Debt Management Basics
$1 bill and a calculator
debt
Borrowing from family or friends

When people find themselves in a money crunch, sometimes the natural reaction is to turn to family for help. Parents, grandparents and siblings often are willing to lend a financial hand via a loan.

If you are asking for a loan of more than $100, you need to know the answers to at least three key questions:

•  Why do you need the money?
•  How do you expect to pay this back?
•  What are you doing so this doesn't happen again?

If you can't answer these questions honestly, you are not ready to ask for a loan.

If you can answer these questions, you need to know how to minimize the potential for resentment and destructive situations. These tips will help.

Know from whom you borrow

Ask yourself, "If I lose the money, what will be the outcome?" Relatives for whom money is an obvious emotional issue or those who really can't afford to lose anything are not good lending candidates.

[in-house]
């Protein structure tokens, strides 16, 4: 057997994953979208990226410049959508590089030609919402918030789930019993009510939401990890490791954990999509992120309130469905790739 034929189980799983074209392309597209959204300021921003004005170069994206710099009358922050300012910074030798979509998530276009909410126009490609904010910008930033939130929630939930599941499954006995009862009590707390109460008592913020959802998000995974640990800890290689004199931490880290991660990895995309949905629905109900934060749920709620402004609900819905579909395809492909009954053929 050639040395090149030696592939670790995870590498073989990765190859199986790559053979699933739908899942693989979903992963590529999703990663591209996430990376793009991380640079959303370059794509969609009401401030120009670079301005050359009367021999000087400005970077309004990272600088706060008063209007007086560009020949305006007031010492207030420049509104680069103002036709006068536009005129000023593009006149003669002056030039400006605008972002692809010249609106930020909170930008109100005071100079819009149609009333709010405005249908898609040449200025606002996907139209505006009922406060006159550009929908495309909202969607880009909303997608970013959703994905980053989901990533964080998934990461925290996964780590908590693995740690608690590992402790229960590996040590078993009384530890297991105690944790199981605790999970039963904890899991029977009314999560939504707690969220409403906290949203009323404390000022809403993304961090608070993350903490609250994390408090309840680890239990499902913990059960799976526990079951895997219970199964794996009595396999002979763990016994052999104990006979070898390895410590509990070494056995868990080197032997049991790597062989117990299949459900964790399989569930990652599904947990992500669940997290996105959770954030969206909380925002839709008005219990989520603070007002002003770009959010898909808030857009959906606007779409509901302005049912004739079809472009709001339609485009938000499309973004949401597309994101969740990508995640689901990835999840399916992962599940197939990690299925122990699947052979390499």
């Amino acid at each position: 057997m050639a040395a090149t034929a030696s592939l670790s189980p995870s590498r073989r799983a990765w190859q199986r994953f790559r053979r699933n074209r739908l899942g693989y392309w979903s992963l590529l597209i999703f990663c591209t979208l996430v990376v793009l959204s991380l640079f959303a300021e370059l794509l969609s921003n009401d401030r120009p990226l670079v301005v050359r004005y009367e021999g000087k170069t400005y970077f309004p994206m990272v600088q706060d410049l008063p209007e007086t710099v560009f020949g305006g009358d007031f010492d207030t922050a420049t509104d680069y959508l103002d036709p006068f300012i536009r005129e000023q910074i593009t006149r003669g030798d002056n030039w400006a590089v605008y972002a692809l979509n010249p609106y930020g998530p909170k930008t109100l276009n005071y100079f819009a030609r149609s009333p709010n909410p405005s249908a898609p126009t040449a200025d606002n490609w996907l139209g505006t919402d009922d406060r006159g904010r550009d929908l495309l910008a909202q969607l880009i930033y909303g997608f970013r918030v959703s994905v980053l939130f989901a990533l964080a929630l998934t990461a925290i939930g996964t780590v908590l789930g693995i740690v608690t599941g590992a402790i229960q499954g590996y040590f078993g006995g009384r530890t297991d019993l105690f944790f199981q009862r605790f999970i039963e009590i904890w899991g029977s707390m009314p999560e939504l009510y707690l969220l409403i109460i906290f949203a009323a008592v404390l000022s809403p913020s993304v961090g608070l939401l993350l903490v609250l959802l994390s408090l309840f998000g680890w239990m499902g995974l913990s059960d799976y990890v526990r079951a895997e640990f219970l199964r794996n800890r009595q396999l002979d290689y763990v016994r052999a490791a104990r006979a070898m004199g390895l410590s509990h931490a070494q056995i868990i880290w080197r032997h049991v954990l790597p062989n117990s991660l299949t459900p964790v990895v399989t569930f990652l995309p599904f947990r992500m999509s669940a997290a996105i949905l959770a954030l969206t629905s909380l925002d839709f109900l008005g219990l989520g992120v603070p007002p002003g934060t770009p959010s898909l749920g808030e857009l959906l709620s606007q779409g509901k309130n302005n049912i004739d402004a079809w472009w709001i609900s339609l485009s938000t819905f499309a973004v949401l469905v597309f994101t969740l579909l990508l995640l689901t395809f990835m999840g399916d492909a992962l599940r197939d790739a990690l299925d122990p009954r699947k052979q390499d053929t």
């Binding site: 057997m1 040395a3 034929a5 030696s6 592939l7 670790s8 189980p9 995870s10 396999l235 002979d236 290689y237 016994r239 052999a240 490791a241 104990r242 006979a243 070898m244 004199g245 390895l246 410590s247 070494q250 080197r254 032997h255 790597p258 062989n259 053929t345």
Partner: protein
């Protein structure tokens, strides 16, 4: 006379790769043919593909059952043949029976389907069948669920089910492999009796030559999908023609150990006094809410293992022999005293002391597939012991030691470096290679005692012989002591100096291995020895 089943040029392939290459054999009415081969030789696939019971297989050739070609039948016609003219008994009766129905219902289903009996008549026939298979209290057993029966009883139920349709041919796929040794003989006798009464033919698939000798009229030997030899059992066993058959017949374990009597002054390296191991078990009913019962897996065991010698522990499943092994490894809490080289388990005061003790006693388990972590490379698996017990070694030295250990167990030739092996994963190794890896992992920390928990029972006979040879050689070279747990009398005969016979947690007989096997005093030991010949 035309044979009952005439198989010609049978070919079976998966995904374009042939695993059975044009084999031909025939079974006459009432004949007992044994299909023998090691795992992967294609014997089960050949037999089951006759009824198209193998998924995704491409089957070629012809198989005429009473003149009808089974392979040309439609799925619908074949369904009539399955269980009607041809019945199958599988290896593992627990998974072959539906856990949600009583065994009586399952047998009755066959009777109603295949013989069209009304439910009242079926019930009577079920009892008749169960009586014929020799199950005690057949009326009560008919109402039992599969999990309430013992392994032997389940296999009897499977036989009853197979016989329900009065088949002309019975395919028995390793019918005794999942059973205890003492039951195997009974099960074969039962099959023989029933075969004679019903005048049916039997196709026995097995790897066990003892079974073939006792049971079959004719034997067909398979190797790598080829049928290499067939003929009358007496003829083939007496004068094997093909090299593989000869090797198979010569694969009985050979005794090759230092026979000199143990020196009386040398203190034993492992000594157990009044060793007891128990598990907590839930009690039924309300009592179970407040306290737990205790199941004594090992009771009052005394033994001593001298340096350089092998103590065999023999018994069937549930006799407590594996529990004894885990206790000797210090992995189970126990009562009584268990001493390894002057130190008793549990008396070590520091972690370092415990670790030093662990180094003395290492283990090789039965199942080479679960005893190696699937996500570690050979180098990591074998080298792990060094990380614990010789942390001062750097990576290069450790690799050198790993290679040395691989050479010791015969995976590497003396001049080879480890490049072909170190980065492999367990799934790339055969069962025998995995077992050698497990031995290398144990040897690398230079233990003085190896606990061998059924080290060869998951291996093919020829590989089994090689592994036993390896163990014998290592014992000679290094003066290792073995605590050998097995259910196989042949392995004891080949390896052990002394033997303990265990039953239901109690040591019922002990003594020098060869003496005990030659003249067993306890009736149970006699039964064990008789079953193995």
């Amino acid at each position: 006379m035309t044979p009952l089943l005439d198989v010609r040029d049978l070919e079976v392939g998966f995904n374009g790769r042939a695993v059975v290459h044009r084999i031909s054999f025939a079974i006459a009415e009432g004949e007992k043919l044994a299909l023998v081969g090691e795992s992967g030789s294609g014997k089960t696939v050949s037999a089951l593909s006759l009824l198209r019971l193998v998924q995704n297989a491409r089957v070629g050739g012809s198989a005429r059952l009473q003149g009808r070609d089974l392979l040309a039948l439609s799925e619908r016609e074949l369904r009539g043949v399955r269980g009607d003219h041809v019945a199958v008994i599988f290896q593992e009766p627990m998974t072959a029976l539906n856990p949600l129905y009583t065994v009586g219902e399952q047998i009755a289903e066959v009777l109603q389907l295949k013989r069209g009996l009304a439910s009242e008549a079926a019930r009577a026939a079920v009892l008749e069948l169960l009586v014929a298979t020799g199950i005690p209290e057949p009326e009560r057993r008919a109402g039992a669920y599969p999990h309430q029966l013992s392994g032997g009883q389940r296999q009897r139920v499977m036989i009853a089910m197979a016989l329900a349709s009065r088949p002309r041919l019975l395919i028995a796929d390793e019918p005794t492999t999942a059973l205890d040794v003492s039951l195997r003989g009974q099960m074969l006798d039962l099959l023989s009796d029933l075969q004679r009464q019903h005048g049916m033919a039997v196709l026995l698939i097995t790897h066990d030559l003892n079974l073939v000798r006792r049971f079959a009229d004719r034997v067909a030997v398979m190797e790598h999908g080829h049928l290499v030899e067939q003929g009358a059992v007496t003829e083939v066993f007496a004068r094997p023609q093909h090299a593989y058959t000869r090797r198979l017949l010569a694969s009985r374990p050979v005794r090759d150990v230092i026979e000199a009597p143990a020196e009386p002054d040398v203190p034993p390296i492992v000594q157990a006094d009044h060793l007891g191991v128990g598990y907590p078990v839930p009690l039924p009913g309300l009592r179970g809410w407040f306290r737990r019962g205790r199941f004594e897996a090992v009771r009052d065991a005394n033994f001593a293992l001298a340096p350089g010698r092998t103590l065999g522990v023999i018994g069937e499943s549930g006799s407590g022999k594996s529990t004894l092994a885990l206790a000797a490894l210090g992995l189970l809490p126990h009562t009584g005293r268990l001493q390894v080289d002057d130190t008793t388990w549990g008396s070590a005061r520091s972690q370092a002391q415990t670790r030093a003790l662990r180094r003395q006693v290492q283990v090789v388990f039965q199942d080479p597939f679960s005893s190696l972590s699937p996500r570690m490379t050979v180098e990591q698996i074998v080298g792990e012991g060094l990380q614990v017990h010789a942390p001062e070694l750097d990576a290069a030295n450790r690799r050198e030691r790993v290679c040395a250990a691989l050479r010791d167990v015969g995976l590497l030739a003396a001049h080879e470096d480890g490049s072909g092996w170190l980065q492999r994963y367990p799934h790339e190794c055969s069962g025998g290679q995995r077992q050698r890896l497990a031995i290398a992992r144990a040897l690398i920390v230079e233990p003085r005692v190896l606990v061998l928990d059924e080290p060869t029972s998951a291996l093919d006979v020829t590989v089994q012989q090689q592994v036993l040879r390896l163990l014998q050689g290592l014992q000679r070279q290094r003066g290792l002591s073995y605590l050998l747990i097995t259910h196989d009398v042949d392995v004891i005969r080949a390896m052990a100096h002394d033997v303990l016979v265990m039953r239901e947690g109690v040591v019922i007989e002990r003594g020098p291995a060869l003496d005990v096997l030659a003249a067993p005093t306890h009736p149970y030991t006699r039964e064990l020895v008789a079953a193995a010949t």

Put everything in writing

It may be sufficient in a very simple transaction to write a letter that specifies the terms of the agreement. But the best way may be to get a lawyer involved, particularly if it is a significant sum of money. That protects both sides.

Guide for setting up a pay-back plan

While a short-term loan of a couple hundred dollars might be arranged with a hug or a handshake, larger loans should have a more formal structure, say financial experts.

When you record the loan, make sure to include:
  • The names of the lender and borrower
  • The date of the loan initiation
  • The amount
  • The date by which the loan is to be repaid
  • The interest rate, if one is applied
  • The number of payments
  • How often payments are to be made (weekly, biweekly, monthly), and
  • The minimum amount to be paid.

 

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